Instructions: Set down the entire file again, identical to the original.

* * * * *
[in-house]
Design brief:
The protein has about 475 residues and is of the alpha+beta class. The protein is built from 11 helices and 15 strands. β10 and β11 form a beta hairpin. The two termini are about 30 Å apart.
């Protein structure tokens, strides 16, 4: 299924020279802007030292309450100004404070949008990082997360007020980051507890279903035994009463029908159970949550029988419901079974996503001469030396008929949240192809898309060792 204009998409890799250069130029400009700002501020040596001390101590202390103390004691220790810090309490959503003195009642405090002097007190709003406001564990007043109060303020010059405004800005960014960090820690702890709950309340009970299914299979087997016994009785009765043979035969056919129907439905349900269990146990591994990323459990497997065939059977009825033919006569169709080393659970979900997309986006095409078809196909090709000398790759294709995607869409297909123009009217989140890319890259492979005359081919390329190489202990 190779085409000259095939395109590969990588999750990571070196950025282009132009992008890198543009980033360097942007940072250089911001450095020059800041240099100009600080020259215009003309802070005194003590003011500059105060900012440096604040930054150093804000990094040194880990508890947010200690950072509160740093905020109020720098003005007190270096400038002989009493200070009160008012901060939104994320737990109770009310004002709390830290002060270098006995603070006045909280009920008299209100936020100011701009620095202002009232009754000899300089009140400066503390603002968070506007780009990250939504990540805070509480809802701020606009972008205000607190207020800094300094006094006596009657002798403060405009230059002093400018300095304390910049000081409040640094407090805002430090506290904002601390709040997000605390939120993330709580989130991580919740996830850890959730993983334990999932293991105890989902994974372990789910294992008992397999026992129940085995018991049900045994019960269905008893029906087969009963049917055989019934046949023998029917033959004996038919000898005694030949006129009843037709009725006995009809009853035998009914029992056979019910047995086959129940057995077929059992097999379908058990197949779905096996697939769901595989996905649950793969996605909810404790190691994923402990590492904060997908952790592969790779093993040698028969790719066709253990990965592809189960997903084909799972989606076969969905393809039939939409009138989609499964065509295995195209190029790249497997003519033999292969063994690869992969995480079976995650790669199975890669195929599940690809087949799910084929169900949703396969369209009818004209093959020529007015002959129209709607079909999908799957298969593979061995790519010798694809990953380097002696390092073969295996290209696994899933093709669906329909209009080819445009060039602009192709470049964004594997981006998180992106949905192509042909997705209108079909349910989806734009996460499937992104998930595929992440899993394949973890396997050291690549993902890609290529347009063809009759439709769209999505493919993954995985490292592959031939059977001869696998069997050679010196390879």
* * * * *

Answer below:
[in-house]
Design brief:
The protein has about 475 residues and is of the alpha+beta class. The protein is built from 11 helices and 15 strands. β10 and β11 form a beta hairpin. The two termini are about 30 Å apart.
């Protein structure tokens, strides 16, 4: 299924020279802007030292309450100004404070949008990082997360007020980051507890279903035994009463029908159970949550029988419901079974996503001469030396008929949240192809898309060792 204009998409890799250069130029400009700002501020040596001390101590202390103390004691220790810090309490959503003195009642405090002097007190709003406001564990007043109060303020010059405004800005960014960090820690702890709950309340009970299914299979087997016994009785009765043979035969056919129907439905349900269990146990591994990323459990497997065939059977009825033919006569169709080393659970979900997309986006095409078809196909090709000398790759294709995607869409297909123009009217989140890319890259492979005359081919390329190489202990 190779085409000259095939395109590969990588999750990571070196950025282009132009992008890198543009980033360097942007940072250089911001450095020059800041240099100009600080020259215009003309802070005194003590003011500059105060900012440096604040930054150093804000990094040194880990508890947010200690950072509160740093905020109020720098003005007190270096400038002989009493200070009160008012901060939104994320737990109770009310004002709390830290002060270098006995603070006045909280009920008299209100936020100011701009620095202002009232009754000899300089009140400066503390603002968070506007780009990250939504990540805070509480809802701020606009972008205000607190207020800094300094006094006596009657002798403060405009230059002093400018300095304390910049000081409040640094407090805002430090506290904002601390709040997000605390939120993330709580989130991580919740996830850890959730993983334990999932293991105890989902994974372990789910294992008992397999026992129940085995018991049900045994019960269905008893029906087969009963049917055989019934046949023998029917033959004996038919000898005694030949006129009843037709009725006995009809009853035998009914029992056979019910047995086959129940057995077929059992097999379908058990197949779905096996697939769901595989996905649950793969996605909810404790190691994923402990590492904060997908952790592969790779093993040698028969790719066709253990990965592809189960997903084909799972989606076969969905393809039939939409009138989609499964065509295995195209190029790249497997003519033999292969063994690869992969995480079976995650790669199975890669195929599940690809087949799910084929169900949703396969369209009818004209093959020529007015002959129209709607079909999908799957298969593979061995790519010798694809990953380097002696390092073969295996290209696994899933093709669906329909209009080819445009060039602009192709470049964004594997981006998180992106949905192509042909997705209108079909349910989806734009996460499937992104998930595929992440899993394949973890396997050291690549993902890609290529347009063809009759439709769209999505493919993954995985490292592959031939059977001869696998069997050679010196390879």